By Denise Seigart
I believe the current debate regarding the placement of F-35s here in Boise is focused on the wrong issue. While the noise created by these jets will indeed be intolerable and damaging to physical and mental health, I believe this is the least of the effects we in the Treasure Valley will suffer. The air pollution created by F-35s will be far more damaging to the health of our citizens than the noise. According to the Air Force environmental report (F-35 Training Basing: Environmental Impact Statement, 2012) produced for the Boise area, F-35s will annually release tons of additional pollutants into the Valley’s air, such as volatile organic compounds, carbon monoxide, nitrous oxide, sulfur dioxide, and large and small particulates.
While the amount of pollution will vary by the number of planes and flights, it is certain that the pollution caused by the F-35s will be well above what we experience now from existing plane traffic. Given the inversions and wildfire smoke we suffer each year, and given that Idaho in general was ranked by the United Health Foundation in 2015 as one of the states with the poorest air quality in the nation, I find it remarkable that we are being considered at all for the F-35s. Atlantic County, N.J., was considered for placement of the F-35s, but its poor air quality was partially responsible for the rejection. I believe we can make the same argument here.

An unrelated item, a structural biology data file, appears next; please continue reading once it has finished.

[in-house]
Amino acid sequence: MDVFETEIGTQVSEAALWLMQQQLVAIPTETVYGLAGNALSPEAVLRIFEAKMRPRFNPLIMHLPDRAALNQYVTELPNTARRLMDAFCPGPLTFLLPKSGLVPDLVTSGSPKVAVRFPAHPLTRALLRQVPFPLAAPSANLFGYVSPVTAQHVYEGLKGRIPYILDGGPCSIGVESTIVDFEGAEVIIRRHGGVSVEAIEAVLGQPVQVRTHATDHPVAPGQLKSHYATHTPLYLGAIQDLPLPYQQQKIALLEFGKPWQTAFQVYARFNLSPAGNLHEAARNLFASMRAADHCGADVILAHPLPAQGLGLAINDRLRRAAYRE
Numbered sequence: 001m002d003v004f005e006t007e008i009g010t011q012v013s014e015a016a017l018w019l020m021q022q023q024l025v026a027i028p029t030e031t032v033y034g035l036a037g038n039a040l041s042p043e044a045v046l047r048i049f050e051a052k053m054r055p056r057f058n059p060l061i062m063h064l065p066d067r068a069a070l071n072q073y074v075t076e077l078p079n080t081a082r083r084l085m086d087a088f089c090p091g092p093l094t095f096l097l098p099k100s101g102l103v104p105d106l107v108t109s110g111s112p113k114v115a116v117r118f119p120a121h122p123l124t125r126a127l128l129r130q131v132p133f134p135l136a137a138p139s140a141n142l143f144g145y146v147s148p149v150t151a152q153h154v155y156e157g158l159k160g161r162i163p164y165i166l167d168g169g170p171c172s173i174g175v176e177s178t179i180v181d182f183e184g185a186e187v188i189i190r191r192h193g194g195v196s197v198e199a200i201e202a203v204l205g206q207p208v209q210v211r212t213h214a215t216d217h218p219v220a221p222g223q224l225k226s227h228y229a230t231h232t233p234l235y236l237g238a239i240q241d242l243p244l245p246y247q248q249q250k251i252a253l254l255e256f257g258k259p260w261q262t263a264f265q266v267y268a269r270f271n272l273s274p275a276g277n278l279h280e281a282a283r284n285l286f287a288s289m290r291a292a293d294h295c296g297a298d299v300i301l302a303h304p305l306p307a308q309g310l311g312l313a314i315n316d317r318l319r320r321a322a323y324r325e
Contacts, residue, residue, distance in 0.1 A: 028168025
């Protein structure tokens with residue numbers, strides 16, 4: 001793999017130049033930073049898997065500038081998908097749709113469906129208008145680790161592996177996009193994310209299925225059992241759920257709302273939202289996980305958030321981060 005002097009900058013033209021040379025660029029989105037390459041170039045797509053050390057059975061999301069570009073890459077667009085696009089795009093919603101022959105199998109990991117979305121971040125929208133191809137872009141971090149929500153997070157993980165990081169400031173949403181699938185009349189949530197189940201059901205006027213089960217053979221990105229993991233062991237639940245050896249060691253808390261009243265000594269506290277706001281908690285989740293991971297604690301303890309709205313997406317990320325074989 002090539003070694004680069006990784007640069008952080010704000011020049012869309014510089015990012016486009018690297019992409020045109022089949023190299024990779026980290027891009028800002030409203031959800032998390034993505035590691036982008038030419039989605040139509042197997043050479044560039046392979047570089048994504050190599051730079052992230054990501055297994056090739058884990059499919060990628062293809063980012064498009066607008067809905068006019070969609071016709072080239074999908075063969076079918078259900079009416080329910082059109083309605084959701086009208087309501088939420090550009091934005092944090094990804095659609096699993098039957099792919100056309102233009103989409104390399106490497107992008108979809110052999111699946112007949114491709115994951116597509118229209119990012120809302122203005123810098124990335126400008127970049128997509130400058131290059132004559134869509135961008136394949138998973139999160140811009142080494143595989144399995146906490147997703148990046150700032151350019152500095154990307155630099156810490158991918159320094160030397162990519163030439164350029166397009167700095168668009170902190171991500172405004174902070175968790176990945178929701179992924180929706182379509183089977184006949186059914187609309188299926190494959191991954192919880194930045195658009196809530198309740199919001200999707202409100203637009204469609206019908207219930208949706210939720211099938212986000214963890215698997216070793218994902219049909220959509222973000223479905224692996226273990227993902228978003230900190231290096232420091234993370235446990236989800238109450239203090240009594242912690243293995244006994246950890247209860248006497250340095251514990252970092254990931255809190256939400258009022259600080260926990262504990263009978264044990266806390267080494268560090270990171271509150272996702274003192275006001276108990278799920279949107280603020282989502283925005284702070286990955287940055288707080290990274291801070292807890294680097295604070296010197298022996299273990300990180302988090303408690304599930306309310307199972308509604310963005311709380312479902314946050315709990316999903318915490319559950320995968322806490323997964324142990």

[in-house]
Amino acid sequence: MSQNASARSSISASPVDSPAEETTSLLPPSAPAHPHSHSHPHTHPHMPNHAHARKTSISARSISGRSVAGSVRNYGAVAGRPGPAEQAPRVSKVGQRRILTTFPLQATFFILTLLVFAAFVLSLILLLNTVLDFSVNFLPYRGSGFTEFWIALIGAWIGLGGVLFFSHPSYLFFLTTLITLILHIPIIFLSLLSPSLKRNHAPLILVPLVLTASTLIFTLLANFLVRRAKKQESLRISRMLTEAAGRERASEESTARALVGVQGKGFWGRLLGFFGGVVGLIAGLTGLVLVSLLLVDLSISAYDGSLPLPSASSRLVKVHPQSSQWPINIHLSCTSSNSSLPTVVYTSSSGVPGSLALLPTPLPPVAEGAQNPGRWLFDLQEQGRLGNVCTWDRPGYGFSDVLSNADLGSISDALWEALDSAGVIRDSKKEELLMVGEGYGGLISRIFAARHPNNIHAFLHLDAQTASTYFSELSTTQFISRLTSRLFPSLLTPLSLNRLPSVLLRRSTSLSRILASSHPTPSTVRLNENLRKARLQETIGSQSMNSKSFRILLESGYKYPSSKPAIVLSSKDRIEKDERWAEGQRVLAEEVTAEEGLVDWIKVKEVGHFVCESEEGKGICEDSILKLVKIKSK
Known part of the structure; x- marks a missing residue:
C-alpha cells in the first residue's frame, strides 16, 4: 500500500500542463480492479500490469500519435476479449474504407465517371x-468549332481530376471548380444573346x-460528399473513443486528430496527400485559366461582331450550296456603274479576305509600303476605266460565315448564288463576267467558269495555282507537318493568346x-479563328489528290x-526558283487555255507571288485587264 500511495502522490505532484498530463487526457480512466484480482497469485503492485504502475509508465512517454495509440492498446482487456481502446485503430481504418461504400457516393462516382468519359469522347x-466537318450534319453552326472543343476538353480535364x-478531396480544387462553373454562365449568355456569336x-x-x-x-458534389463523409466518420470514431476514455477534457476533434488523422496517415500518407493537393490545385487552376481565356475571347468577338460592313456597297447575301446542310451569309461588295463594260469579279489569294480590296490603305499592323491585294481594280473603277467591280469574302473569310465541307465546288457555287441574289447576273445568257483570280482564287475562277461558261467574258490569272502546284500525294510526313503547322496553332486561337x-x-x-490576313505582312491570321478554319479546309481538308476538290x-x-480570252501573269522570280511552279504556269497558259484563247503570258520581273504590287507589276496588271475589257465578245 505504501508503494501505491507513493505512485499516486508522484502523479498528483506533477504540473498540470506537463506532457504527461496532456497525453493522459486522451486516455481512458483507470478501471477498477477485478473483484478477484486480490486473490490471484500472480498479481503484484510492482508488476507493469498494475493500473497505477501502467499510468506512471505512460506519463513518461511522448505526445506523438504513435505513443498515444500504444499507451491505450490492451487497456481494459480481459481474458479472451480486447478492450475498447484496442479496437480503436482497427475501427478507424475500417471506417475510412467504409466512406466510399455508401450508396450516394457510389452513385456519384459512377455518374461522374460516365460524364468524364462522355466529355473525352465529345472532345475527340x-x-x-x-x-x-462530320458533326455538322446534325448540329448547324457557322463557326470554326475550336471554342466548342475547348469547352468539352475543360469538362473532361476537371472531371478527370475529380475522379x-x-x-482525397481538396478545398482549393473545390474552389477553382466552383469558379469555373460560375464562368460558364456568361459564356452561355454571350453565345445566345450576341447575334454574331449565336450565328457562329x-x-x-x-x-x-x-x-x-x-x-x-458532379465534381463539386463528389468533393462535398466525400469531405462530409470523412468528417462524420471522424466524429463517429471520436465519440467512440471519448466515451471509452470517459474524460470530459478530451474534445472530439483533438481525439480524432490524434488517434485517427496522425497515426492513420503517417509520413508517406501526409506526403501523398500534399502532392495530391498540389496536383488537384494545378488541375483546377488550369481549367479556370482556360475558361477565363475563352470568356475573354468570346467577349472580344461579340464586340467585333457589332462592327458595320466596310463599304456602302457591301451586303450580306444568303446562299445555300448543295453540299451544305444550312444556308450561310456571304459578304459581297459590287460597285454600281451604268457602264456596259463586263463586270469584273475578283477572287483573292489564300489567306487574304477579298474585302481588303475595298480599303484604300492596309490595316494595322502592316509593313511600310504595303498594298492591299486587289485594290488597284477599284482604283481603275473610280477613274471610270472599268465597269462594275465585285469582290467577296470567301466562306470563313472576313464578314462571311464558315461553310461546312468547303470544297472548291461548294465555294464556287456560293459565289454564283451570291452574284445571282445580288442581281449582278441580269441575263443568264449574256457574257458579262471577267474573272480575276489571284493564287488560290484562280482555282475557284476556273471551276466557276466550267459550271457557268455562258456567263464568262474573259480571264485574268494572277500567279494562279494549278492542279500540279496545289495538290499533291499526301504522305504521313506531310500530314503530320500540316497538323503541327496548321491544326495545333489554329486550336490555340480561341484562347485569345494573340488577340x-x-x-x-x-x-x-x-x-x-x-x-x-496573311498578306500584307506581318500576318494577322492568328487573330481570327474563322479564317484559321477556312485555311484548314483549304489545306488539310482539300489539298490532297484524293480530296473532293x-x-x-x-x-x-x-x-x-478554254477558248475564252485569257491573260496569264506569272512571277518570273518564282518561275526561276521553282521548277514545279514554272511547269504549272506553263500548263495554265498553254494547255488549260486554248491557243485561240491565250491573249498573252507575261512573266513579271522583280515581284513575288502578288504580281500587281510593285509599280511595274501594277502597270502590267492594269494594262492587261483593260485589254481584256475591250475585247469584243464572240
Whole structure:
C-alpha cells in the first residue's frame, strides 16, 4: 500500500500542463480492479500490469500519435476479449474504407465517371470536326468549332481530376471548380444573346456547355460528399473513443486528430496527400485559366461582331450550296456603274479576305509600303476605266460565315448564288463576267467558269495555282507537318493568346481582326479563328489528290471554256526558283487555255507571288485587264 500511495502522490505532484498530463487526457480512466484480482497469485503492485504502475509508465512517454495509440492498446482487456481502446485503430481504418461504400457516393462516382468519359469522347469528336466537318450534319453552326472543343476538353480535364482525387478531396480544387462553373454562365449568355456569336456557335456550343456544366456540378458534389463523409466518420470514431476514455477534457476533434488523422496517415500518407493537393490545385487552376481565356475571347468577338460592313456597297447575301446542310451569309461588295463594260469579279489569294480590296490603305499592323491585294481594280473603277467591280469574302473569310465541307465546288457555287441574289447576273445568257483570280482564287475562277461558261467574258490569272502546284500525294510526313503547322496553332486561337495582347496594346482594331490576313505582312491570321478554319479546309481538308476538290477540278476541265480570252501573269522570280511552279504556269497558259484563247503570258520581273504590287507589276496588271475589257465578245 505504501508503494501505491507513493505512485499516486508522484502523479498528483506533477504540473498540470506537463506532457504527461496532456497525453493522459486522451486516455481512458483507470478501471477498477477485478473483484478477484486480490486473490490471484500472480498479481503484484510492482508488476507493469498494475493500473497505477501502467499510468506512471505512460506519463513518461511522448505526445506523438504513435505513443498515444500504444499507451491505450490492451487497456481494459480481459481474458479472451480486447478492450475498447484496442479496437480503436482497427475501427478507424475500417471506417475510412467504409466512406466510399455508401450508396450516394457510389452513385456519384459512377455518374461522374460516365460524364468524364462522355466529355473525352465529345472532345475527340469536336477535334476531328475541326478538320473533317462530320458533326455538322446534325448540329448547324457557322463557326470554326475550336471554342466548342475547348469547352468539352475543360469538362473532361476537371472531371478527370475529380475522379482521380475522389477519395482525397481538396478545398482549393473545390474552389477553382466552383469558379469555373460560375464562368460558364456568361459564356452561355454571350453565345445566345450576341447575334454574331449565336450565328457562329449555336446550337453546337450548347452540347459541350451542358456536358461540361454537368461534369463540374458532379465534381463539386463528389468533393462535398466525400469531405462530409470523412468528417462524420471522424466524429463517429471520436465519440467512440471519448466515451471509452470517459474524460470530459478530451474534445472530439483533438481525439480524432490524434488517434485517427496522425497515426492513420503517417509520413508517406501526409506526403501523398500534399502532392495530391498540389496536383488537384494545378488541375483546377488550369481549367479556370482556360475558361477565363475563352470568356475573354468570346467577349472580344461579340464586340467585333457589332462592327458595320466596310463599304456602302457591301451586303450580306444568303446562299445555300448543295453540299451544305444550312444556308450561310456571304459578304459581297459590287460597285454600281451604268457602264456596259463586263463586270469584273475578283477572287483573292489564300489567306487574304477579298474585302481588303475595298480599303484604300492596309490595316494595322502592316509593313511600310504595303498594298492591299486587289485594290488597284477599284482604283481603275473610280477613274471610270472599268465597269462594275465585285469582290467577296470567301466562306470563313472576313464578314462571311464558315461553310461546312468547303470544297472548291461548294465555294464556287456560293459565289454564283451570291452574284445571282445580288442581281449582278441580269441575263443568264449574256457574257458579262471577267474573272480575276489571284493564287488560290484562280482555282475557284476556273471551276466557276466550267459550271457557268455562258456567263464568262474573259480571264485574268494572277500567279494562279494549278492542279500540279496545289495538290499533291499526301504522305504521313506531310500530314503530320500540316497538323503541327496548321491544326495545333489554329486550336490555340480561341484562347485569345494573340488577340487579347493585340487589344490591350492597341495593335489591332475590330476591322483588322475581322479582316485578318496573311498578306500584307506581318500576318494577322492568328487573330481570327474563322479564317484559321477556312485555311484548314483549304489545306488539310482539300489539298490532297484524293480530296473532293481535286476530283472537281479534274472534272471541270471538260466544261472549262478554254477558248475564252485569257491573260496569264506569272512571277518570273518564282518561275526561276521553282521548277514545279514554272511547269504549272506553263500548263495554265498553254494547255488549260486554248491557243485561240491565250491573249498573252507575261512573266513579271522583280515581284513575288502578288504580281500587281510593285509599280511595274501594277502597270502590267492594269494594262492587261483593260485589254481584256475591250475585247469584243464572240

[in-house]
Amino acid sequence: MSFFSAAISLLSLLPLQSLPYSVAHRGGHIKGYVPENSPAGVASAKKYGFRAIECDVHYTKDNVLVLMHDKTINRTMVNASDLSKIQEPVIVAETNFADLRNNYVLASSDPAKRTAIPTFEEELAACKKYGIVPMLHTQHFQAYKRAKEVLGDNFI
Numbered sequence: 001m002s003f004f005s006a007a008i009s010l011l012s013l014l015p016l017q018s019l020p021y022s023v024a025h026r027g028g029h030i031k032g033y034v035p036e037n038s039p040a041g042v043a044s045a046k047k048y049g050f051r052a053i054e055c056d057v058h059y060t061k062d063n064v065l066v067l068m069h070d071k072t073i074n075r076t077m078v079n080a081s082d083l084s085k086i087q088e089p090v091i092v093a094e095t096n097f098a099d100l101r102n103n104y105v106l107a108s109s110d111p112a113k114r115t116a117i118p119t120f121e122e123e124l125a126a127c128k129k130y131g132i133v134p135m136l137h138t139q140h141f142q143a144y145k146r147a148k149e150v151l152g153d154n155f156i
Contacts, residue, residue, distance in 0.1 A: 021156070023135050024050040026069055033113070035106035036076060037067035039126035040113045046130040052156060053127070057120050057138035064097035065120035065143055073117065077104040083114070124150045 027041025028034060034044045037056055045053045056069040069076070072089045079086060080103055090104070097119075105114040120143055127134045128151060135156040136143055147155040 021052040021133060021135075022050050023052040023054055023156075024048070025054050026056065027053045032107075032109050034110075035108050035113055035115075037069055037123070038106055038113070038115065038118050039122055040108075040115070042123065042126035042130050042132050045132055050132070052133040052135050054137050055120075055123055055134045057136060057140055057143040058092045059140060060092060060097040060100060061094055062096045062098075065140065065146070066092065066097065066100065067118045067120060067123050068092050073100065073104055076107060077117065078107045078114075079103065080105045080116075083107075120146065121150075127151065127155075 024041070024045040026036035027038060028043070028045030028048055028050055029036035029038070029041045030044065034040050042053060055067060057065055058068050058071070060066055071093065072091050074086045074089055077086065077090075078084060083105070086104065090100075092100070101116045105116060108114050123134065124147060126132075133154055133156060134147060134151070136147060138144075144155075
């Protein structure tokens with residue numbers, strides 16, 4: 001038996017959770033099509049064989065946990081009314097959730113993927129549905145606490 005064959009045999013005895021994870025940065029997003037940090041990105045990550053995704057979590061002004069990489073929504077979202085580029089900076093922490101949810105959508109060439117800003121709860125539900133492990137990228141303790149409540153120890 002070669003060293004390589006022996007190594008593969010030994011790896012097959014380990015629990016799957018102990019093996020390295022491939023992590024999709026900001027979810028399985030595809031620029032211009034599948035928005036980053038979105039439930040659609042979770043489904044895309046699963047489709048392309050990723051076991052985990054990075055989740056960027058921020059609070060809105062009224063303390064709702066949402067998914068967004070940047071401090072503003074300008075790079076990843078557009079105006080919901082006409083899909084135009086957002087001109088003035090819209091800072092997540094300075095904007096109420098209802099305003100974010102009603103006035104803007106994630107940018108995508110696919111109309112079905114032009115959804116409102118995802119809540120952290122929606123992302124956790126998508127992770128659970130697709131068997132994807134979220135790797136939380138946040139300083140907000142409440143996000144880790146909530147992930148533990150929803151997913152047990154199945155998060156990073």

Burlington, Vt., report (Endangered Health, 2012) found “three key pollutants in jet exhaust ... are widely recognized as having a major impact on health, contributing to cancer and respiratory disease. ... The UCLA Medical Center study of the Santa Monica Airport ... demonstrates the critical significance of local measurement of these pollutants in assessing the impact of airport operations.”
Read more here: www.idahostatesman.com/opinion/readers-opinion/article143713174.html
Denise Seigart is a registered nurse who has been working or teaching for 37 years in the areas of public health, pediatrics, maternal-child health and research. She and her husband moved to Boise in 2014.
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